Made it up to San Francisco this week to the Monk's Kettle's once a month beer pairing dinner. This month featured the brews from the Bruery. The food was delicious, service was great and the company was fantastic, what could possibly make this a better night out? Oh, that's right, the amazing beers!
I was glad my friend Phil had warned me about the size of the meal, so we just had a very light salad for lunch, no afternoon snacks and I avoided the tempting bread basket at the table when we arrived.
The founder of the Bruery, Patrick Rue, was in attendance and introduced us to each beer as it was served. It was cool hearing about their humble roots as a home brewer and how they've developed so many new recipes as well as attempting to bring back old styles. The Bruery is just over a year old, and I haven't had much luck finding them here in the south bay (quoth the BevMo employee, "I'm sorry, *which* brewery are you looking for?").
The first course was organic bibb lettuce with fresh tarragon, chervil, parsley and fried capers, paired with Hottenroth Berliner Weisse. The salad was delicious, but a bit of work to cut into and a bit too much for the plate it was served on, as we all had trouble with flying lettuce and splashing dressing :) The beer, at a light 3.1% ABV, was super refreshing with a delightful lemon flavor. It reminded me of what I think Mike's Hard Lemonade should taste like (hint: not like syrup ...). It was delicious and I could easily see myself sipping on that on a lazy summer afternoon. (speaking of fried capers - they tasted almost like bacon! they were so good, and seemingly no semblance of vinegar on them)
For the second course, we had pan seared local halibut, crayfish risotto cake, a Sausalito Springs watercress salad and an organic pesto beurre blanc. When I looked at the menu in advance, I was not particularly excited by this course, not being a huge halibut fan, but was surprised when the fish came perfectly cooked (neither dry nor gooey) and loved the sauce! This was paired with the Trade Winds Tripel (8.1% ABV), which is apparently made with Thai Basil. You could catch the basil on the nose, but the taste was much lighter.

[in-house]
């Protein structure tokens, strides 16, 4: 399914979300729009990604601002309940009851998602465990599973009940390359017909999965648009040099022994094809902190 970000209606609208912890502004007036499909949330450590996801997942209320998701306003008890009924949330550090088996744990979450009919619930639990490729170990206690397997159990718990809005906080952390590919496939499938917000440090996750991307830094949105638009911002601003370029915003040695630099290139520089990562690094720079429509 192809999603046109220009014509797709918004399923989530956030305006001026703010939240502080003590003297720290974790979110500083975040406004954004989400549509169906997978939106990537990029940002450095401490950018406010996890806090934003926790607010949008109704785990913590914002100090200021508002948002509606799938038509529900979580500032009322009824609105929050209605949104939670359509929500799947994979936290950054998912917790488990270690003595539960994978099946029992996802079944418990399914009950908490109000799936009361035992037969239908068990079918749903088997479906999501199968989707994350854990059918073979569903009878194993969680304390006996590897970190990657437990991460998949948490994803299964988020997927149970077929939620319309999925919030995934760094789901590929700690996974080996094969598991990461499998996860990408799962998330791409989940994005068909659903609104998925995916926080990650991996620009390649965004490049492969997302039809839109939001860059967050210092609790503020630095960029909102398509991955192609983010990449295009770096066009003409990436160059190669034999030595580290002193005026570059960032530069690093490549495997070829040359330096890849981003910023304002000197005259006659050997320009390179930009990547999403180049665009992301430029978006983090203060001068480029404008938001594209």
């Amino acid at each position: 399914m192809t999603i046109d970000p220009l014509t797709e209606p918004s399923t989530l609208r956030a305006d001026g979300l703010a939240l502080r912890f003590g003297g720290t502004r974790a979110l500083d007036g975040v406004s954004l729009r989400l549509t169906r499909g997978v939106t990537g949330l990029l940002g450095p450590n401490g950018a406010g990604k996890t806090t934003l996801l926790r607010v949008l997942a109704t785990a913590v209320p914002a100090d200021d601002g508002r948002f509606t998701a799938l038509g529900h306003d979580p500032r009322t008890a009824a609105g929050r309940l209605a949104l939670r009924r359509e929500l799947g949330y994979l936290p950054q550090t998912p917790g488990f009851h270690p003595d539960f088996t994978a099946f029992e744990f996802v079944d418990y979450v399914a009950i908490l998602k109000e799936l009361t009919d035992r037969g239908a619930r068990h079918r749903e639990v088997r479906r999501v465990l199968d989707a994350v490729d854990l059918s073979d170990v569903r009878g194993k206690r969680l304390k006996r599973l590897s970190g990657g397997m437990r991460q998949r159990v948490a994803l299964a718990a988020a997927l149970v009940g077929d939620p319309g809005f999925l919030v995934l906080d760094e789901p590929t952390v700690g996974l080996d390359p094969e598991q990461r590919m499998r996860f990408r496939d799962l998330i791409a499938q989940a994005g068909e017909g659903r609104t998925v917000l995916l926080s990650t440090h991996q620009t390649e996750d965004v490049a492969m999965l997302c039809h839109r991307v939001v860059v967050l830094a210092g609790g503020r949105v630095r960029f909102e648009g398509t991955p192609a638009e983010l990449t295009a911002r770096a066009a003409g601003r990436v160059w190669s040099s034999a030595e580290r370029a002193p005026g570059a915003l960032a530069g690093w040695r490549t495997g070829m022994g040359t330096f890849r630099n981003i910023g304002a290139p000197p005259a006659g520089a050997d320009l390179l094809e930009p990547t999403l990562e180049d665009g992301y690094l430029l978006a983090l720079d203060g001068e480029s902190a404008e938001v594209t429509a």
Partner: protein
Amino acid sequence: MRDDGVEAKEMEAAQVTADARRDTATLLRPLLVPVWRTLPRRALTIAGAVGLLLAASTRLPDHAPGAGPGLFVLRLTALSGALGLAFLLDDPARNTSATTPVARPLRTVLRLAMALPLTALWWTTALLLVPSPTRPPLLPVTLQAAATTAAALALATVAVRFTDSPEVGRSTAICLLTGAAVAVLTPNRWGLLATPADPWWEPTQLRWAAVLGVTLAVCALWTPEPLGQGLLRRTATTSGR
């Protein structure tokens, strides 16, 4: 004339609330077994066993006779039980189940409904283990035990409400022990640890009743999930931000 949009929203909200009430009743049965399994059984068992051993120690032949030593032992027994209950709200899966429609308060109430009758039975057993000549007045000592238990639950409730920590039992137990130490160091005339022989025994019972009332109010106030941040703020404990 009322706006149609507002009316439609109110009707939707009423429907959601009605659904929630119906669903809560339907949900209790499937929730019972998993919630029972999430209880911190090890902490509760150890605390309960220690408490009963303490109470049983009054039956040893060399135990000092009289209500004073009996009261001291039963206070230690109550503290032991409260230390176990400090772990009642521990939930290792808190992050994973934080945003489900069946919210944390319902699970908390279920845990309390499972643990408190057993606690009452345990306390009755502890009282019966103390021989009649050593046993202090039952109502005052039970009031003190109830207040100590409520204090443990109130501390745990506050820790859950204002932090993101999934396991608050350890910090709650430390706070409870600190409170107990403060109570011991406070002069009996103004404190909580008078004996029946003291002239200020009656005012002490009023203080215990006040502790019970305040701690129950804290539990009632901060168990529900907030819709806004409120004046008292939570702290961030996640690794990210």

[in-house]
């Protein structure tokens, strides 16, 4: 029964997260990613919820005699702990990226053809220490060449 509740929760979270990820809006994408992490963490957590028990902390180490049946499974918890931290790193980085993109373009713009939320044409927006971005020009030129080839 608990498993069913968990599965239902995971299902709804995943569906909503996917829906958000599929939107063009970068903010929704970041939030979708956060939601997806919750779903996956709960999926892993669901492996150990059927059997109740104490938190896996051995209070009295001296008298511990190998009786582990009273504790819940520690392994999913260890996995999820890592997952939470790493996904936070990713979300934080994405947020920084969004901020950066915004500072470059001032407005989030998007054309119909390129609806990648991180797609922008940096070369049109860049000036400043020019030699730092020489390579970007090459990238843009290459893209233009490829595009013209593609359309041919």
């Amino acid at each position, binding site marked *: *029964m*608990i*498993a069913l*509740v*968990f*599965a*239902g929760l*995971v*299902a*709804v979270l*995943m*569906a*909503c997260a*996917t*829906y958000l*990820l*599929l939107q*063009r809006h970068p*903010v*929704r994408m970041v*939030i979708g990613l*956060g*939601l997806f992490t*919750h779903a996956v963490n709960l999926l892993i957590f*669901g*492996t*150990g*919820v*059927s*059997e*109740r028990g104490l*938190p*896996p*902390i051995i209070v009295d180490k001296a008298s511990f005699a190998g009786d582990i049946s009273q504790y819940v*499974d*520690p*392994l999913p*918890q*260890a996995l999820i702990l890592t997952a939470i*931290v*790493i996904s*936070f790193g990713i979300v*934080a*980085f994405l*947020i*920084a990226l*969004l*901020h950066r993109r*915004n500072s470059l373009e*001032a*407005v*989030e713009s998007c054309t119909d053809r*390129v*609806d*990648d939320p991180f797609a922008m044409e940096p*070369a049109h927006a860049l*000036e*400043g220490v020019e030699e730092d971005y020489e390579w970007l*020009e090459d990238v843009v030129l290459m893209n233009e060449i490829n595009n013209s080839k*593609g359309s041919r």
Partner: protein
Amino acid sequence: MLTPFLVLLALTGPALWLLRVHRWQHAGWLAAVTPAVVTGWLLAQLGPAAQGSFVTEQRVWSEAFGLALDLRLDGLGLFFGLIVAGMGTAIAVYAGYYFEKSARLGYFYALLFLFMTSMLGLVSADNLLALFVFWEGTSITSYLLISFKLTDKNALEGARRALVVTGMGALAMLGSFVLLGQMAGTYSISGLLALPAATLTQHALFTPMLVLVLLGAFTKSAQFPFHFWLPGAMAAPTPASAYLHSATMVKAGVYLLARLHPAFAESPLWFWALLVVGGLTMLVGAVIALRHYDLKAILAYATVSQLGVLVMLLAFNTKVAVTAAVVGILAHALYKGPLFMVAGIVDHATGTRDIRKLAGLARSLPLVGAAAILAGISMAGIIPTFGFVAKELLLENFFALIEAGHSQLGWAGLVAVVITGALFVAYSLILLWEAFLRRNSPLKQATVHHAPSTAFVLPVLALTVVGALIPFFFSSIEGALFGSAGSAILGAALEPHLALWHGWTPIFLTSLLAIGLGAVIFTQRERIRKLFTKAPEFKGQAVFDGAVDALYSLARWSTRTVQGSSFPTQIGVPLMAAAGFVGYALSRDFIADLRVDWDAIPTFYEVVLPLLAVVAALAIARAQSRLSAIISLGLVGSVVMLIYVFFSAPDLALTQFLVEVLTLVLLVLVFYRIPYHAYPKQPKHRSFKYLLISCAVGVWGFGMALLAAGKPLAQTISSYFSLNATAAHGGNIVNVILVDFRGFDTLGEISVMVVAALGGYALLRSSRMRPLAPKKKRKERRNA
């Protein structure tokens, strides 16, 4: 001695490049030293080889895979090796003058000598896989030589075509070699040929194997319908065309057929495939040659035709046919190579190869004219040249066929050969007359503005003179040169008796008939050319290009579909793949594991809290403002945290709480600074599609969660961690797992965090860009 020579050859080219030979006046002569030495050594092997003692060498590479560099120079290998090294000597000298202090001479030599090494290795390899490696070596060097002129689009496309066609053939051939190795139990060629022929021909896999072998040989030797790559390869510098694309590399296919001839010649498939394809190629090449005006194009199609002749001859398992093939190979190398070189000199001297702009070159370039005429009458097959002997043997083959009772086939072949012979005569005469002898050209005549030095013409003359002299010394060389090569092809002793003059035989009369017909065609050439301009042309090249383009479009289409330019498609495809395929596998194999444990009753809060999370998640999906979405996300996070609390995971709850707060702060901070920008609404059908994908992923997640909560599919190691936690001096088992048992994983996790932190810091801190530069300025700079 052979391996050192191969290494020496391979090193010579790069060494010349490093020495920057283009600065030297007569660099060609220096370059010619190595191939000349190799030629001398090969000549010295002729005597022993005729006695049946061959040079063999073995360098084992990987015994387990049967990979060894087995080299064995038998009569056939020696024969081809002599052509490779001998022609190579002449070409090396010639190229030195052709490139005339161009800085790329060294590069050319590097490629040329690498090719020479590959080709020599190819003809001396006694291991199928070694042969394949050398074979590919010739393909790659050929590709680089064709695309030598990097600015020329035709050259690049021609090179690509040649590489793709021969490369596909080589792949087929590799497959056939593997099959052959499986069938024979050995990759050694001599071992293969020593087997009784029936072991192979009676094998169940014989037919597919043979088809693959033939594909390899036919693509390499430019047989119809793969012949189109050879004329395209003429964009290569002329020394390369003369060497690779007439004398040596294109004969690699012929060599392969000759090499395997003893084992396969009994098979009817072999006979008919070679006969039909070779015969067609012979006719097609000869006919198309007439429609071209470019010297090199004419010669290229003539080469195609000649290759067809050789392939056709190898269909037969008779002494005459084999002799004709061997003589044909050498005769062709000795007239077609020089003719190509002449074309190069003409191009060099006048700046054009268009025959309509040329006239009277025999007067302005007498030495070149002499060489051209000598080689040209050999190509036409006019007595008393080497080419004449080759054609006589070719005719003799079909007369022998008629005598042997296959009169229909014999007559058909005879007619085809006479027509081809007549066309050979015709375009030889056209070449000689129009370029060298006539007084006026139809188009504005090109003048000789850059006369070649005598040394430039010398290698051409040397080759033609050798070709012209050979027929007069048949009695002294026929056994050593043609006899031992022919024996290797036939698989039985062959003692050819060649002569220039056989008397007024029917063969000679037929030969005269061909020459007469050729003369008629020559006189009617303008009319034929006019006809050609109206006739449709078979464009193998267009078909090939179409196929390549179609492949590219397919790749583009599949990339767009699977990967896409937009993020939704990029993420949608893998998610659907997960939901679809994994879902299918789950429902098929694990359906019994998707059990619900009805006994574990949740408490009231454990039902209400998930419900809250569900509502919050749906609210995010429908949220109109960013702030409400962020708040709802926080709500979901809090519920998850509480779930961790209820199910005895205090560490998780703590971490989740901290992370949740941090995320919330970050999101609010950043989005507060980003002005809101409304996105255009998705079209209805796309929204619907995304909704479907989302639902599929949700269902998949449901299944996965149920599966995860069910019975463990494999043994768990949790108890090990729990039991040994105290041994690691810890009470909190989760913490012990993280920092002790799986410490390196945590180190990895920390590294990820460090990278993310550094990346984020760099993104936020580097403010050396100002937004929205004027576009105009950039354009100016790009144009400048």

The third course was Blue de Sassenage, fresh slices of pear, spiced almonds, organic honey and toasted bread. I'm always a fan of a cheese course, so no complaints here! We all wished the "spices" used on the almonds were listed, as they were quite tasty. We were guessing paprika and brown sugar. This was paired with Humulus Lager (India Pale Lager, 7.2% ABV). This was much lighter than a pale ale, and apparently made with rice to make it an American style lager. Patrick assured us, though, that rice is not a cheep beer making ingredient, as it is often referred to, as it costs him more than his hops. I'm not a big fan of hoppy beers, but Mark was more than happy to finish the last half of my beer.
The fourth course was what we'd all been waiting for: 'Black Orchard' marinated short ribs, roasted garlic potato puree, haricot vert, and a 'Black Orchard' demi glace. This was all paired with the Black Orchard beer from the Bruery (5.7% ABV). These ribs had been marinated in the Black Orchard beer with bay leaves and garlic for 24 hours, before being braised for 5 hours (with a mixture made of Black Orchard beer, chicken stock and brown sugar). These spare ribs were phenomenal! The Black Orchard beer (yes, that Orchard, as in Apple Orchard, not Orchid) was my favorite one of the evening. A nice brown ale, soft and smooth, slightly sweet, and a crisp after taste.
Dessert was house made ice cream sandwiches with a 'Papier' chocolate sauce. This was served with two beers: Papier (first anniversary old style ale, 17.5% ABV) and Black Tuesday (bourbon aged imperial stout - 19.5%). Both beers were really good, though I would have to say that I loved the chocolaty flavor of the Black Tuesday the best. And who wouldn't like a beer named after the start of the Great Depression that sells for $30/bottle? ;-)
Anyone else make it up here for the event? I can't wait for the next one! This is a great way to discover how beer can make food better and to discover small craft breweries.